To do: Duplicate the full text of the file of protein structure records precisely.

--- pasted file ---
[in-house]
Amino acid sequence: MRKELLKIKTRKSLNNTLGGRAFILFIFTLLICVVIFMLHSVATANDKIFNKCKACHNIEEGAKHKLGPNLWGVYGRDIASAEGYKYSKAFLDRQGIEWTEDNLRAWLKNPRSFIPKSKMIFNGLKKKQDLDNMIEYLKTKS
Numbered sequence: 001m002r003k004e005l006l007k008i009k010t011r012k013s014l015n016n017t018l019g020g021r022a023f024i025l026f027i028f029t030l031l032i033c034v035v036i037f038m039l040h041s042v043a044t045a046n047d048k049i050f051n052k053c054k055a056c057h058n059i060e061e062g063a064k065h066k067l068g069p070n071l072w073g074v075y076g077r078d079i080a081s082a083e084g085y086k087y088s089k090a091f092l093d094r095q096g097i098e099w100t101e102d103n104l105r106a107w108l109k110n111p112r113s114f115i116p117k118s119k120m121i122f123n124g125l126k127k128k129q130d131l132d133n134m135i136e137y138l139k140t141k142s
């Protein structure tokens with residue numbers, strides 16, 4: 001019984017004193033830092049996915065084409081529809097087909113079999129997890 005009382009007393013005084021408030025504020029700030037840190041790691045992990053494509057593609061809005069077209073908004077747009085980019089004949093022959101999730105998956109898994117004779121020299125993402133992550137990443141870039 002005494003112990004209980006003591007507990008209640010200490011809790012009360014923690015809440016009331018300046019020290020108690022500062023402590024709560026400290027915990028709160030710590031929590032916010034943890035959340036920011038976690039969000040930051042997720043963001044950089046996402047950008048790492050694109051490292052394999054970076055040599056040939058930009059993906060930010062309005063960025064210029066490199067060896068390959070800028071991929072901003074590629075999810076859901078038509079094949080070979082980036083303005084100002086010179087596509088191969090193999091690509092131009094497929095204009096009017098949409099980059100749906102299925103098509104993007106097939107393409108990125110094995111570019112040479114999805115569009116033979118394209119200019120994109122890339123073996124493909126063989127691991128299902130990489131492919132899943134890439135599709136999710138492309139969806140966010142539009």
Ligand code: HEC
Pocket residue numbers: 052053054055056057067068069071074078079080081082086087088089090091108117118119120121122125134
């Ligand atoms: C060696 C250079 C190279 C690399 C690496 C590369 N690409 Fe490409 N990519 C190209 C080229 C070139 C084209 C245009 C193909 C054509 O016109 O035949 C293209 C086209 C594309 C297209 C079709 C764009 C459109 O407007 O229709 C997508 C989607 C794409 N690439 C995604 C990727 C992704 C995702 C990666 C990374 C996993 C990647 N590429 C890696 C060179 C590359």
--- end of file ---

[in-house]
Amino acid sequence: MRKELLKIKTRKSLNNTLGGRAFILFIFTLLICVVIFMLHSVATANDKIFNKCKACHNIEEGAKHKLGPNLWGVYGRDIASAEGYKYSKAFLDRQGIEWTEDNLRAWLKNPRSFIPKSKMIFNGLKKKQDLDNMIEYLKTKS
Numbered sequence: 001m002r003k004e005l006l007k008i009k010t011r012k013s014l015n016n017t018l019g020g021r022a023f024i025l026f027i028f029t030l031l032i033c034v035v036i037f038m039l040h041s042v043a044t045a046n047d048k049i050f051n052k053c054k055a056c057h058n059i060e061e062g063a064k065h066k067l068g069p070n071l072w073g074v075y076g077r078d079i080a081s082a083e084g085y086k087y088s089k090a091f092l093d094r095q096g097i098e099w100t101e102d103n104l105r106a107w108l109k110n111p112r113s114f115i116p117k118s119k120m121i122f123n124g125l126k127k128k129q130d131l132d133n134m135i136e137y138l139k140t141k142s
């Protein structure tokens with residue numbers, strides 16, 4: 001019984017004193033830092049996915065084409081529809097087909113079999129997890 005009382009007393013005084021408030025504020029700030037840190041790691045992990053494509057593609061809005069077209073908004077747009085980019089004949093022959101999730105998956109898994117004779121020299125993402133992550137990443141870039 002005494003112990004209980006003591007507990008209640010200490011809790012009360014923690015809440016009331018300046019020290020108690022500062023402590024709560026400290027915990028709160030710590031929590032916010034943890035959340036920011038976690039969000040930051042997720043963001044950089046996402047950008048790492050694109051490292052394999054970076055040599056040939058930009059993906060930010062309005063960025064210029066490199067060896068390959070800028071991929072901003074590629075999810076859901078038509079094949080070979082980036083303005084100002086010179087596509088191969090193999091690509092131009094497929095204009096009017098949409099980059100749906102299925103098509104993007106097939107393409108990125110094995111570019112040479114999805115569009116033979118394209119200019120994109122890339123073996124493909126063989127691991128299902130990489131492919132899943134890439135599709136999710138492309139969806140966010142539009």
Ligand code: HEC
Pocket residue numbers: 052053054055056057067068069071074078079080081082086087088089090091108117118119120121122125134
């Ligand atoms: C060696 C250079 C190279 C690399 C690496 C590369 N690409 Fe490409 N990519 C190209 C080229 C070139 C084209 C245009 C193909 C054509 O016109 O035949 C293209 C086209 C594309 C297209 C079709 C764009 C459109 O407007 O229709 C997508 C989607 C794409 N690439 C995604 C990727 C992704 C995702 C990666 C990374 C996993 C990647 N590429 C890696 C060179 C590359």